SACD, the Way Forward? Michael Fremer
If there was an overriding theme at this year's CES in both high-end audio and mainstream consumer electronics, it was "We want higher resolution!" Despite the naysayers at Business Week and the cluelessness of the New York Times, which basically ignores the subject unless there's bad news, HDTV will succeed—especially now that the cable industry has come aboard. High-resolution audio, be it analog vinyl or SACD or DVD-Audio, also seems to be grabbing the imaginations of a healthy chunk of the mainstream audience.
Sony and Philips held an SRO press event at the Hard Rock Hotel's Baby's Night Club—a dank, smelly, creepy dungeon a few flights down from the casino that is easily the most unpleasant basement watering hole in Las Vegas. (The imbecile who allowed a salt-water fish tank to be installed in that smoky hole should be arrested for cruelty to animals.)
When David Kawakami, Sony's SACD project director and one of the format's inventors, announced that Sony Music would soon release 15 Bob Dylan albums on SACD, all mastered by my old friend Greg Calbi, as well as SACDs of the Police catalog (including a multichannel "greatest hits" compilation), the attendees—most of them from the mainstream, not the audiophile, press—whooped and hollered the way they did when CD was rolled out in 1983. The difference was that, this time, I joined them. I fantasized about ripping the microphone from Kawakami's hands and yelling "I thought CDs were 'perfect,' you shills!"
The crowd almost rioted when it was announced that Pink Floyd's Dark Side of the Moon would be issued as Capitol USA's first SACD release on March 3, 2003—to coincide with the 30th anniversary of its original vinyl release—as a hybrid disc in both 2- and 5.1-channel versions. The remix is by longtime Floyd engineer James Guthrie, with the approval (separately, I'm sure) of David Gilmour and Roger Waters. All of this SACD action will be aided by new American hybrid SACD production facilities, which will have come on line by early spring. A new European facility was announced after the Show.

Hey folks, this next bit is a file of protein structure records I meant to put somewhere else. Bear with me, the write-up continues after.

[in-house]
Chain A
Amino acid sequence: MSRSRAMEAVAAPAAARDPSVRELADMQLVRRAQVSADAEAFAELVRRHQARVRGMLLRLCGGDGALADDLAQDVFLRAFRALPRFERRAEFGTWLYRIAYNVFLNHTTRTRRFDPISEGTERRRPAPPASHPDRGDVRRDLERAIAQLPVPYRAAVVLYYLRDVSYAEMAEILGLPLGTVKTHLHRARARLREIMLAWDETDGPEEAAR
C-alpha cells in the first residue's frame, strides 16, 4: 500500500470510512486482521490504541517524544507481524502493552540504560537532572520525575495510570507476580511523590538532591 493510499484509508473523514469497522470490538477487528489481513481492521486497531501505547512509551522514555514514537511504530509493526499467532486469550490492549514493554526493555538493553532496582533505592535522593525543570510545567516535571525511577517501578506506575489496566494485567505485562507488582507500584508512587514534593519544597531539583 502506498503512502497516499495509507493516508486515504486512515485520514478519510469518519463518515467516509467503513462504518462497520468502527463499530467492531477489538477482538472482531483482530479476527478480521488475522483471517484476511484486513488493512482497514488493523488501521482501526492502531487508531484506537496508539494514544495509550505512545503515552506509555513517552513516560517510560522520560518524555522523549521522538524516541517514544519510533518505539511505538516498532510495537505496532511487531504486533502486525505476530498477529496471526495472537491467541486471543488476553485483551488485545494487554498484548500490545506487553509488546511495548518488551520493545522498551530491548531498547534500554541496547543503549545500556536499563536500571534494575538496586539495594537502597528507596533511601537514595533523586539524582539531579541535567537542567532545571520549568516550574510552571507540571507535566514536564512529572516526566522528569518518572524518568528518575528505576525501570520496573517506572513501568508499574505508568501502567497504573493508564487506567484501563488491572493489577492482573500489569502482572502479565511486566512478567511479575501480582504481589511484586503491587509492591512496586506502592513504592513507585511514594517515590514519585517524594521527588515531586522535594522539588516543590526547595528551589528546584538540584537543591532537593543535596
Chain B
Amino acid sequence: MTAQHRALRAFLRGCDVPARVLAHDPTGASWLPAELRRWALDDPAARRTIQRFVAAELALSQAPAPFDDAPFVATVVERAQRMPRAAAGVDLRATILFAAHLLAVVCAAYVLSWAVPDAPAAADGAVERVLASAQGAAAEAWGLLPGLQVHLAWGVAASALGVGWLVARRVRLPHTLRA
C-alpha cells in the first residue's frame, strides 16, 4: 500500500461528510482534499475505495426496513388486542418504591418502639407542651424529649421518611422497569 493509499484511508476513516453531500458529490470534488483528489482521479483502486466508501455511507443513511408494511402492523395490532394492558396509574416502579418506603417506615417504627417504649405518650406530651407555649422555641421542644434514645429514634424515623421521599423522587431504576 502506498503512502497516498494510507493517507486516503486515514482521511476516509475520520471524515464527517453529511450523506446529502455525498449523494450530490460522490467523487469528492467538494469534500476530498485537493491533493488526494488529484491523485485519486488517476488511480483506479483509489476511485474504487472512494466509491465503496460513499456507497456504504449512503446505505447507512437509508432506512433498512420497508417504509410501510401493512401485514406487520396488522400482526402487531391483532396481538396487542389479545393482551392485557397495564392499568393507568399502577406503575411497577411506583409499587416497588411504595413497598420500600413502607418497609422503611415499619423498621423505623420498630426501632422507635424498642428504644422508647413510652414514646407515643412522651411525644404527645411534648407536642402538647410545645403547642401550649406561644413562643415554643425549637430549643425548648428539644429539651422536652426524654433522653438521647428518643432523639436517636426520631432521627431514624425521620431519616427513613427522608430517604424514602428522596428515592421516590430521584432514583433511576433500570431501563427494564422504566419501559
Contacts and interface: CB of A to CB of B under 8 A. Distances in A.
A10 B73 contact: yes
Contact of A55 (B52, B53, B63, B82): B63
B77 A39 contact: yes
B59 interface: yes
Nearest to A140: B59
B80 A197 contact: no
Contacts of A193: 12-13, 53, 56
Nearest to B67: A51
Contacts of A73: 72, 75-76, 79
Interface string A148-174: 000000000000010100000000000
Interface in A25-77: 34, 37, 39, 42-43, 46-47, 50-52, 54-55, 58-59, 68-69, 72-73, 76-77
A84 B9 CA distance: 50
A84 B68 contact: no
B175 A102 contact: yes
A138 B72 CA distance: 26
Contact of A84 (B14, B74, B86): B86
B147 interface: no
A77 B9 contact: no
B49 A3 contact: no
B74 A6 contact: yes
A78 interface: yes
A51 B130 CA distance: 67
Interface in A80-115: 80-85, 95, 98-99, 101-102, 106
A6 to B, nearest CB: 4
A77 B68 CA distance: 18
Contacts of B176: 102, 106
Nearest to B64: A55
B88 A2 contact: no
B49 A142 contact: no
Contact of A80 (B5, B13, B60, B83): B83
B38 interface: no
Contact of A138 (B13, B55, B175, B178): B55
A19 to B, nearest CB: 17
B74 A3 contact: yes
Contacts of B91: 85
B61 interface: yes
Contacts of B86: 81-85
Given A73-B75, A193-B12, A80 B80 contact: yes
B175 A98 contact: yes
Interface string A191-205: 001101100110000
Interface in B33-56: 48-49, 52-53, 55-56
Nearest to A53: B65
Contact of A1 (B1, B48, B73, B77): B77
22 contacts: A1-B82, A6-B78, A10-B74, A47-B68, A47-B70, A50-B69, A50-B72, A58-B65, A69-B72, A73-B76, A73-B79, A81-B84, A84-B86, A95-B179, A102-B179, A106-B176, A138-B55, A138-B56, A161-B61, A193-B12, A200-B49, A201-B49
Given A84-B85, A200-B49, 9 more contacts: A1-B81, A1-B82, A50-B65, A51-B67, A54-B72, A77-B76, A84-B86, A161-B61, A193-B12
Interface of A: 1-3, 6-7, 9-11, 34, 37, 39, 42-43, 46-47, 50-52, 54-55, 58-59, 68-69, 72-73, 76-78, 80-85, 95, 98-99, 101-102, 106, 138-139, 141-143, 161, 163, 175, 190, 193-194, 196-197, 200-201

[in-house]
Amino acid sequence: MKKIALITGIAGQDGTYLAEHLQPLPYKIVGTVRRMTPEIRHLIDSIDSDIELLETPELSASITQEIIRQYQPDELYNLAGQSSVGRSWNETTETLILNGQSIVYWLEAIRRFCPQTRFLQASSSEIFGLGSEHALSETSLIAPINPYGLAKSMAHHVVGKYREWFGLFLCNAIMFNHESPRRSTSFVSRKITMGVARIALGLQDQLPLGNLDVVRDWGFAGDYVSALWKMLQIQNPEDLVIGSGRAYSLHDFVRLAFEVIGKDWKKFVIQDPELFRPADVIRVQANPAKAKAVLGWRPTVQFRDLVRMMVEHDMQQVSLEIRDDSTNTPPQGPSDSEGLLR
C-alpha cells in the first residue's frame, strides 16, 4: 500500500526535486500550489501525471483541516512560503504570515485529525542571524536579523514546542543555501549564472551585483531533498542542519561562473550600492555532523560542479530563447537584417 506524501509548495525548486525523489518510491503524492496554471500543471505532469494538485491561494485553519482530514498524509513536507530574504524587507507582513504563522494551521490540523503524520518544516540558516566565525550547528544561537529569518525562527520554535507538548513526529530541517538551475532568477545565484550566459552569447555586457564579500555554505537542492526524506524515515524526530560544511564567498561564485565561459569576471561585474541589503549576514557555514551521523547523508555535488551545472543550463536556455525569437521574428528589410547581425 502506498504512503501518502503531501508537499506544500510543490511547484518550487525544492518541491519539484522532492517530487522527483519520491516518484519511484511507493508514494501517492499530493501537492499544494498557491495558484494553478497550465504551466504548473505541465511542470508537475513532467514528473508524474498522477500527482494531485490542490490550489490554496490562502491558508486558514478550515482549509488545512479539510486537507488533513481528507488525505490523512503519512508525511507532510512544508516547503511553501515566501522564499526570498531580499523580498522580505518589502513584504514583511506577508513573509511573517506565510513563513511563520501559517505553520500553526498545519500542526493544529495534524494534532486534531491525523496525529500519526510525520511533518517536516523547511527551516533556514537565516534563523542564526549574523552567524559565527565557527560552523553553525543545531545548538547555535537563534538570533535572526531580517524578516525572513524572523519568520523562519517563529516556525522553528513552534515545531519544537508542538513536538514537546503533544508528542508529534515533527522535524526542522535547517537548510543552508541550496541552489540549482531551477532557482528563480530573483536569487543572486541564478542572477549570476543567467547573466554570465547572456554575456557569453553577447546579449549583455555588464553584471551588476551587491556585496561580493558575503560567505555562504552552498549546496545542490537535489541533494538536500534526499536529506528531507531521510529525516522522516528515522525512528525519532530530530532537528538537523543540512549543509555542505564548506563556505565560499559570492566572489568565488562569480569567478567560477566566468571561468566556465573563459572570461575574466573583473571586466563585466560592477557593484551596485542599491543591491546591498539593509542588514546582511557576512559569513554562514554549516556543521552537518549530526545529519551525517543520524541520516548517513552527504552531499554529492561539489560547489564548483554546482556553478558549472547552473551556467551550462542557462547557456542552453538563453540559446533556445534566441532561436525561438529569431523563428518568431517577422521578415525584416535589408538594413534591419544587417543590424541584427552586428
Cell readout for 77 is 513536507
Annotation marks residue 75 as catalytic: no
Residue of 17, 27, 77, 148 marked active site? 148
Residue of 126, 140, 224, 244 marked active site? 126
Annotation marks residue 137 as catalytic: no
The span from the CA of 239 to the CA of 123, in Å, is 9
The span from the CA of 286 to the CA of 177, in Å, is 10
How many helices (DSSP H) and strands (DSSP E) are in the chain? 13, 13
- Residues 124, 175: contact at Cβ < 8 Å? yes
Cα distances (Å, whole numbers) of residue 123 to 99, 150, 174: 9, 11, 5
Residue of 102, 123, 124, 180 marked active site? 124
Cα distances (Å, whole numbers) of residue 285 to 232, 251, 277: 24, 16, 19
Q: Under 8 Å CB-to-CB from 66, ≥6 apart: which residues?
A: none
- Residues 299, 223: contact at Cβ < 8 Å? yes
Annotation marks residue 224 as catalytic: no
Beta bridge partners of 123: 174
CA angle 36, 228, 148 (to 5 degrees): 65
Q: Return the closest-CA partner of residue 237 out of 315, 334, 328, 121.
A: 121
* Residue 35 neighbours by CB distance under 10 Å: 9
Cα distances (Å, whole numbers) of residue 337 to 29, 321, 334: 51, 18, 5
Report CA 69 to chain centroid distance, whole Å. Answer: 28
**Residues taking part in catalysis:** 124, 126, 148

SACD has got the attention of the record industry, which sees the cultivation of the audience's appreciation for higher-quality sound as one way of countering tinny-sounding MP3 file sharing. With Allen Klein's ABKCO Records leading the way—its Rolling Stones hybrid SACD/CD reissues have sold more than 2 million units worldwide—other labels will follow, though DVD-A proponents promise to continue fighting for their format. True to its so far inept history, the DVD-Audio camp had nothing to announce at CES, where they met to formulate plans, leaving Sony and Philips to steal all of the attention with their announcements.
How good is all of this for the quality audio business? Very—for obvious reasons. How good is it for audiophile reissue labels? That's a mixed bag. While purveyors of vinyl are finding open doors at the major labels' tape vaults, SACD and DVD-Audio reissuers are meeting with resistance as the majors gear up to do it themselves. While Classic Records continues its fabulous-sounding Peter Gabriel reissue project of 200gm Quiex SV-P LPs, Virgin has announced that it will issue the entire Gabriel catalog on hybrid SACD/CDs, including the new one, Up, in 5.1-channel.
Despite SACD's strong support among such audiophile reissue labels as Analogue Productions, Mobile Fidelity, Opus3, and others—not to mention majors and indies like Uni and Rounder—Classic is sticking with DVD-A. At two press events—one analog, one digital—Classic made some major news. On the digital side, after five years of releases using the interim technology of DVD-Video-based 24-bit/96kHz DAD discs (on which the audio program is on the video "title set"), in 2003 the label will issue 12 genuine 24/192 DVD-A titles that will be "universal": in addition to the 24/192 material on the "audio set," 24/96 data will also be encoded on the "video set." Offerings from Procol Harum, Pete Townshend, the Vanguard catalog, and others will kick off the series, beginning with Vanguard's legendary recording of Canteloube's Songs of the Auvergne. Transfers from analog will make use of a high-resolution A/D converter designed by Muse Electronics' Kevin Halverson.
There was plenty of interest in hi-rez digital at CES 2003. MusicDirect/Mobile Fidelity's Josh Bizar told me that, by the second day, they'd run out of SACD and DVD-A titles and had to send someone back to Chicago to pick up more. Everyone told me that sales of SACDs, DVD-As, and LPs were very strong at the Show. MoFi introduced three new SACD titles: Isaac Hayes' Hot Buttered Soul, Sonny Rollins' Plus 4, and Dave Alvin's Blackjack David.—Michael Fremer